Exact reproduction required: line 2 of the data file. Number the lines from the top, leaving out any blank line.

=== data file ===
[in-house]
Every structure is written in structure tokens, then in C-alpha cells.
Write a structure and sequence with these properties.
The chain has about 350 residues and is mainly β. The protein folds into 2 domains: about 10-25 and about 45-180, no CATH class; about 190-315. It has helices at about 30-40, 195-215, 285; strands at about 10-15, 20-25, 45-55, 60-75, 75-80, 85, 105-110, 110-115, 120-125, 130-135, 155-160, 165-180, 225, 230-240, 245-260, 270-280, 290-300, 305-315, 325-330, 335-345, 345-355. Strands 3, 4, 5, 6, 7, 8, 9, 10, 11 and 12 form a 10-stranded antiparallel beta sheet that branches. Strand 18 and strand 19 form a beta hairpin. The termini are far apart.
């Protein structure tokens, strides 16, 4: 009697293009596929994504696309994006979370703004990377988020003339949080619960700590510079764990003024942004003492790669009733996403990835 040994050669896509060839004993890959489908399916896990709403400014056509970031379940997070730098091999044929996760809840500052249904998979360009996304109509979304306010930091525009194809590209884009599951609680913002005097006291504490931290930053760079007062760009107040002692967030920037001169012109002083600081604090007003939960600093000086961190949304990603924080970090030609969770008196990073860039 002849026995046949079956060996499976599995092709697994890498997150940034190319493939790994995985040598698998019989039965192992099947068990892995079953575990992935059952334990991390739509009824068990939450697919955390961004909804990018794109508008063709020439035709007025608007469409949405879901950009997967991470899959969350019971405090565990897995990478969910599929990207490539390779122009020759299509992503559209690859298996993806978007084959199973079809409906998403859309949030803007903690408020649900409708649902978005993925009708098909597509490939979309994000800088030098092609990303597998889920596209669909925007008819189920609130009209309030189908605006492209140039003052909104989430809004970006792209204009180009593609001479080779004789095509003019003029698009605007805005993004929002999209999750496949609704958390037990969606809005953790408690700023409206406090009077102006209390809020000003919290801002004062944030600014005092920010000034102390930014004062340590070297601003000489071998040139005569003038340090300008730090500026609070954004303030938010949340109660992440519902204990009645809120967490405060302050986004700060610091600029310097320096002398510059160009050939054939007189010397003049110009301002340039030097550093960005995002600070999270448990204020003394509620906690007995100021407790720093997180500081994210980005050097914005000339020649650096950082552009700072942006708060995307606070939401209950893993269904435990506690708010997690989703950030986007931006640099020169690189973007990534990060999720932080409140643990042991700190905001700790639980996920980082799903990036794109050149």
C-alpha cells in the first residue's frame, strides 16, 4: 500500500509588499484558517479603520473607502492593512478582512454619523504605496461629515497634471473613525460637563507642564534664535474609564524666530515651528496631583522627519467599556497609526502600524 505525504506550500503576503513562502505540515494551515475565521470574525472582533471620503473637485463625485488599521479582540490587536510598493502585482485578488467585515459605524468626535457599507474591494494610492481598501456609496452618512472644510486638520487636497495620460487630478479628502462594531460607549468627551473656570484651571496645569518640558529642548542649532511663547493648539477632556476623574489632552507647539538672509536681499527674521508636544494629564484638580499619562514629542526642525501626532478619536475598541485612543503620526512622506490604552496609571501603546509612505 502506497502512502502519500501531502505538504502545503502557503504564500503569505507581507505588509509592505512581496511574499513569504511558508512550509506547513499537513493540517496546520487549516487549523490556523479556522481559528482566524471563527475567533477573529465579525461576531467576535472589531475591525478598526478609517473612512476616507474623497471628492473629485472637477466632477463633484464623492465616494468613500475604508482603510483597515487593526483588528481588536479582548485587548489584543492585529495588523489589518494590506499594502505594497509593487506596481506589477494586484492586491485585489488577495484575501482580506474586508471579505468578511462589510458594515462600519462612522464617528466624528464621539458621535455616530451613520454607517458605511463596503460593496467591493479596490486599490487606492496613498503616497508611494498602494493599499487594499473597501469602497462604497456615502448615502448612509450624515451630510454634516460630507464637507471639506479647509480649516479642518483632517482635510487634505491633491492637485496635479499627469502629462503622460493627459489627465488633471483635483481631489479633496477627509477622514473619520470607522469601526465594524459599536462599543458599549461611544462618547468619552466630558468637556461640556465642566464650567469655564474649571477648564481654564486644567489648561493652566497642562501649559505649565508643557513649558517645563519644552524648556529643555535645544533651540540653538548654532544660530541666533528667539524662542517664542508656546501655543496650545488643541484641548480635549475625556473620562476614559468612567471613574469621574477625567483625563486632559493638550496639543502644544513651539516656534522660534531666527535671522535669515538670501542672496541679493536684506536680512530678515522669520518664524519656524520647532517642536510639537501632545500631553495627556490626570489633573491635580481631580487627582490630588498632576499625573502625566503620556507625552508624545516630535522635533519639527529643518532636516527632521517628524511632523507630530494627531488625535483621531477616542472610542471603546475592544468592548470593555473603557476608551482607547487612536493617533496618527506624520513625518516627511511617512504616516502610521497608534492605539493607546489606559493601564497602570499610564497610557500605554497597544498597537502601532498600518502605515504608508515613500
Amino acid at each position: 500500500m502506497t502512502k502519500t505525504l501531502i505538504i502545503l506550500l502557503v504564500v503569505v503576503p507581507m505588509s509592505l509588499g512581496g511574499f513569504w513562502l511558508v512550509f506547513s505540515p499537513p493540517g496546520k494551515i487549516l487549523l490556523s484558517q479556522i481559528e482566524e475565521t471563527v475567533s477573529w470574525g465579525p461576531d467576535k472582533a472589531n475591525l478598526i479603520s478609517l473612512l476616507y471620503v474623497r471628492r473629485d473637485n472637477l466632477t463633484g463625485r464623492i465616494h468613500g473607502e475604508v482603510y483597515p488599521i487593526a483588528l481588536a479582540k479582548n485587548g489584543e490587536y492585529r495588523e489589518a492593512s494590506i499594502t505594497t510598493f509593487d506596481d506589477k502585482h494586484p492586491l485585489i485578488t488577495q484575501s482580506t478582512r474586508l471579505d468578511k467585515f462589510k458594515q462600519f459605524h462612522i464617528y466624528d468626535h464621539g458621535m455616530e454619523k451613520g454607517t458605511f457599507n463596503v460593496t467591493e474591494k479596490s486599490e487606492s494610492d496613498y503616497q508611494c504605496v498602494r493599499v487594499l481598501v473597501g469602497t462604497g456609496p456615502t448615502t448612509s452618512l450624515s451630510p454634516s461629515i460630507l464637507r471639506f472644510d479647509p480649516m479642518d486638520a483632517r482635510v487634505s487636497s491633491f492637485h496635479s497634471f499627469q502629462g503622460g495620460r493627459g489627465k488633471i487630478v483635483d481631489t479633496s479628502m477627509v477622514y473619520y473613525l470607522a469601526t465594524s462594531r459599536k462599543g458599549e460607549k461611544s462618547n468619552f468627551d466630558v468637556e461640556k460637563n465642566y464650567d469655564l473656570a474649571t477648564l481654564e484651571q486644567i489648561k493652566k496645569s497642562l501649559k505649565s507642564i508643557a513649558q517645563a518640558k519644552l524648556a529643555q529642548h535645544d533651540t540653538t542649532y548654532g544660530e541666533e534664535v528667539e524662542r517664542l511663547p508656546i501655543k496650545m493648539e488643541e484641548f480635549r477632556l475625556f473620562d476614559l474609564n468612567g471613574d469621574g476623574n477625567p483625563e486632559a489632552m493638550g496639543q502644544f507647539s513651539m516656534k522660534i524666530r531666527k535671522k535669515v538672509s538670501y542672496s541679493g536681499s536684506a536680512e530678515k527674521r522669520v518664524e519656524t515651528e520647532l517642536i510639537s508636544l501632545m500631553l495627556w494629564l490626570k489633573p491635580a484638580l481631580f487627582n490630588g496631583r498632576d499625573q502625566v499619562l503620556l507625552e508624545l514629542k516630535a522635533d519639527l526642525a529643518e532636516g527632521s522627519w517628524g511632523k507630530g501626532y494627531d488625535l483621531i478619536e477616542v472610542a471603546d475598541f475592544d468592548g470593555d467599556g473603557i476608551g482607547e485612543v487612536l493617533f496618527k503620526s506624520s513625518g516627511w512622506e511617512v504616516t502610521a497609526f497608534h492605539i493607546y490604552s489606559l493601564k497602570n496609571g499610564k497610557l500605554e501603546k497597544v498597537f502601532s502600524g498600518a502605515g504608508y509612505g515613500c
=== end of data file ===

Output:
Every structure is written in structure tokens, then in C-alpha cells.